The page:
The Strode women join a group of other survivors of Michael’s first rampage who decide to take matters into their own hands, forming a vigilante mob that sets out to hunt Michael down, once and for all.

Evil Dies Tonight. 

And speaking of evil, everything about this depiction of Michael is phenomenal. From his onscreen chilling presence, to his mask and the way he commits these brutal murders. Michael’s rampage through Haddenfield is pure carnage, he absolutely demolishes everyone and everything is his path. He’s let loose and becomes an even bigger dangerous threat, which is to be expected from masked killers. 

His kills are inventive and vicious and he’s gone one step ahead with the performance of killing someone as I felt that Michael has some theatricality aspects and truly admires his work by the way he displays their bodies. However I felt that some kills were forgettable due to the fact that we don’t get to care for some characters as by the time they’re in Michael’s line of sight, you know they’re a gonna.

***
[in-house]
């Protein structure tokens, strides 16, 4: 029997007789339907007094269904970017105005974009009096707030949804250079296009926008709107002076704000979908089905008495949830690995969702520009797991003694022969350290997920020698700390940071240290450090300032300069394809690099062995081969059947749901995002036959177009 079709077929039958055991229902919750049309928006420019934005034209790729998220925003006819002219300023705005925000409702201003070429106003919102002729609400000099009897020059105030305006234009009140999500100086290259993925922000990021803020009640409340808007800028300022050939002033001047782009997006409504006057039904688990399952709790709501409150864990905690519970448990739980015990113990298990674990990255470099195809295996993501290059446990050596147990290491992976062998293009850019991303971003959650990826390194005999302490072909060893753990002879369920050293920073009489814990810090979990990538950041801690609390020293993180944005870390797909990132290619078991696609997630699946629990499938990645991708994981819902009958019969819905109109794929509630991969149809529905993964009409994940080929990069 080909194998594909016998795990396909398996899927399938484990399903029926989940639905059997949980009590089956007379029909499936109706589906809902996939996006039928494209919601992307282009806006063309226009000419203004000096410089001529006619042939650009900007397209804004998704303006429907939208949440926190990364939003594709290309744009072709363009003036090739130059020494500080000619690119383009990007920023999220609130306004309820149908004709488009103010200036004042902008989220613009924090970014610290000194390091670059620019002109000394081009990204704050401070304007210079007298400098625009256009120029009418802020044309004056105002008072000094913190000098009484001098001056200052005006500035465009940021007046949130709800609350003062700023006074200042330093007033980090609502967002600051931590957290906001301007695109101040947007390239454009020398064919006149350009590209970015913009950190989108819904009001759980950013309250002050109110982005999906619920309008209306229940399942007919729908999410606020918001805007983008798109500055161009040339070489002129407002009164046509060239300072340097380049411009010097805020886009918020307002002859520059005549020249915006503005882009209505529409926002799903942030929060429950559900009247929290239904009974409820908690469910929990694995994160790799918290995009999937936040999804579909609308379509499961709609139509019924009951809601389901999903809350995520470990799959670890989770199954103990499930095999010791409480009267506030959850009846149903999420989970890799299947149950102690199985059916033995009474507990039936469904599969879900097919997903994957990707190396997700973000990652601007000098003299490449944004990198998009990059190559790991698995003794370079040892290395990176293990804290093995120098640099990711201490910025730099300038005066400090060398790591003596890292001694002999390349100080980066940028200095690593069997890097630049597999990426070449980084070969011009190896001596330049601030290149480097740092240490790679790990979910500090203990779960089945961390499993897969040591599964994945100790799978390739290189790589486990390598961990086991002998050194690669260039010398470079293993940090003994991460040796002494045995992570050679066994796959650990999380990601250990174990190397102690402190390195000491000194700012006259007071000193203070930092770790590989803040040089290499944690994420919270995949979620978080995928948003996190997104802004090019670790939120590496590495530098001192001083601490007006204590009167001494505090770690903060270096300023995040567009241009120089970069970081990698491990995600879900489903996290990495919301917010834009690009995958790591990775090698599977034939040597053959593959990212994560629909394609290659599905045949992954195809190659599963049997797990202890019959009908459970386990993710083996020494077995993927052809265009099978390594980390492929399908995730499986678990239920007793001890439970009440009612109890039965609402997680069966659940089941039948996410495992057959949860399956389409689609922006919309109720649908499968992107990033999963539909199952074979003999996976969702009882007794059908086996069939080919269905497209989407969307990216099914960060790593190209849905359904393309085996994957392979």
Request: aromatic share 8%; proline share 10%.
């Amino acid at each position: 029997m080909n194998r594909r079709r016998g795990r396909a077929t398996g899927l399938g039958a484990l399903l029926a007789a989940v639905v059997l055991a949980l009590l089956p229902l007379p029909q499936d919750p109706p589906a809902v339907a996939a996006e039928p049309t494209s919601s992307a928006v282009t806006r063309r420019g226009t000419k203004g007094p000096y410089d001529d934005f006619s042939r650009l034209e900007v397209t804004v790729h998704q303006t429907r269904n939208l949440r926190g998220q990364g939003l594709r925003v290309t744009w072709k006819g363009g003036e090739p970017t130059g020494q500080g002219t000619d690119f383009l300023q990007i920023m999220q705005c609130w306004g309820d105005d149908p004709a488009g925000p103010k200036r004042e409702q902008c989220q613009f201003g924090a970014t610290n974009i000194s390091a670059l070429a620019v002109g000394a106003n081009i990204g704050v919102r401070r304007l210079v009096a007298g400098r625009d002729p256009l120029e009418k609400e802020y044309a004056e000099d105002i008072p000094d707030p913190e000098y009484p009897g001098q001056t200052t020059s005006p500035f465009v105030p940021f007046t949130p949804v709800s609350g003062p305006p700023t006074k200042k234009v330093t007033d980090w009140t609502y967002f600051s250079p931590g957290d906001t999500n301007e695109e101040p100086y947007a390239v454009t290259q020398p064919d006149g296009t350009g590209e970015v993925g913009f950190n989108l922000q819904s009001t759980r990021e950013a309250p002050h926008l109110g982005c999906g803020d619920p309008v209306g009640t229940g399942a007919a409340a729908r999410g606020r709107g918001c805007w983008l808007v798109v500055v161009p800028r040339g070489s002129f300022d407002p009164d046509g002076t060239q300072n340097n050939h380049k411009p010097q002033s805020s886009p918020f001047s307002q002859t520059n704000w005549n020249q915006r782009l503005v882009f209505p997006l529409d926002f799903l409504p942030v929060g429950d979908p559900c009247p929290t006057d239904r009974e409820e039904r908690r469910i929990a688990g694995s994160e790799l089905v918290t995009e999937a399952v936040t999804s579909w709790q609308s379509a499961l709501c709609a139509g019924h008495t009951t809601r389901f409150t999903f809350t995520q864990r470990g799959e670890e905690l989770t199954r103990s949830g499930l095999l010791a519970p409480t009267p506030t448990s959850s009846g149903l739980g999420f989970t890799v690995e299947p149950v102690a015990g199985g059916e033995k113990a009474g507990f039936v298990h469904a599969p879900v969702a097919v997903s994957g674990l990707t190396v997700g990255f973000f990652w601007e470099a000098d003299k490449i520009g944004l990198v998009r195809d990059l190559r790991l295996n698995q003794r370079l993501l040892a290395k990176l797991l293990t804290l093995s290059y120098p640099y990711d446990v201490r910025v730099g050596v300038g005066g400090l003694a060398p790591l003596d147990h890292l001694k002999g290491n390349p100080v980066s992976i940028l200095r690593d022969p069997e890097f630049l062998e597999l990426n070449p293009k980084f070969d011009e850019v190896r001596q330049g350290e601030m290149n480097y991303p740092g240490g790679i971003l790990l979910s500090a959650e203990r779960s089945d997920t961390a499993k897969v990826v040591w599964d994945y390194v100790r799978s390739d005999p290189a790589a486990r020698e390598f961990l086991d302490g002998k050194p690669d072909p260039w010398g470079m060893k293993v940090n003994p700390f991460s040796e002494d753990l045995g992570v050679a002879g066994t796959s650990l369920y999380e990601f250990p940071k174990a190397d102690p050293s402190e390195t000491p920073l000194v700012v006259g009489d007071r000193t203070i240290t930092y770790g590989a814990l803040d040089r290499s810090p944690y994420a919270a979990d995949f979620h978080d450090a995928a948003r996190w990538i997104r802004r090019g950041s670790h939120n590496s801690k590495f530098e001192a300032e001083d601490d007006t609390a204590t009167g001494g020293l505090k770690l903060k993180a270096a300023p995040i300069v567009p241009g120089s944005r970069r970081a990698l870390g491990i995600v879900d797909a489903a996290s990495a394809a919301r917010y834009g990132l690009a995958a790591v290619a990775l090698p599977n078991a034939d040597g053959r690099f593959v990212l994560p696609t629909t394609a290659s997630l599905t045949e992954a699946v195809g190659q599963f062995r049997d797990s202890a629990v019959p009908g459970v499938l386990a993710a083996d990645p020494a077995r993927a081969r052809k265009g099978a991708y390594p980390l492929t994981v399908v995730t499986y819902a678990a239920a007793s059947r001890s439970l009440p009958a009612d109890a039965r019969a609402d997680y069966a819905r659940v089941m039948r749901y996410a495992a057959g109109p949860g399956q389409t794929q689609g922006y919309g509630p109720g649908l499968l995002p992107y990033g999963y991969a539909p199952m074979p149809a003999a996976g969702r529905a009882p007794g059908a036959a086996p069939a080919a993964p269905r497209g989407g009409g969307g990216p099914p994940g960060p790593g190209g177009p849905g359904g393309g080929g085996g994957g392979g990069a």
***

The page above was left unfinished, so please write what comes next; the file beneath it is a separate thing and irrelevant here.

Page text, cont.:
Photo: Blumhouse/Universal

For fans of horror and violence in movies, there are many spine-chilling moments such as Skull crushing, eye-gouging, gunshots and plenty of bodily horror. 

And if you’re a fan of the original 1978 Halloween film, you’ll be pleased to see many of the actors who were once children, teenagers in the original reprise the same roles in Halloween Kills as adults. It feels so believable and genuine to see the likes of Kyle Richards (Lindsey Wallace ), Nancy Stephens (Marion Chambers) and Charles Cyphers (Sheriff Leigh Brackett) . The film truly pays homage to the original that started it all. many other characters return from the 2018 film and another classic character returning is Tommy Doyle, though recast and now played by Anthony Michael Hall.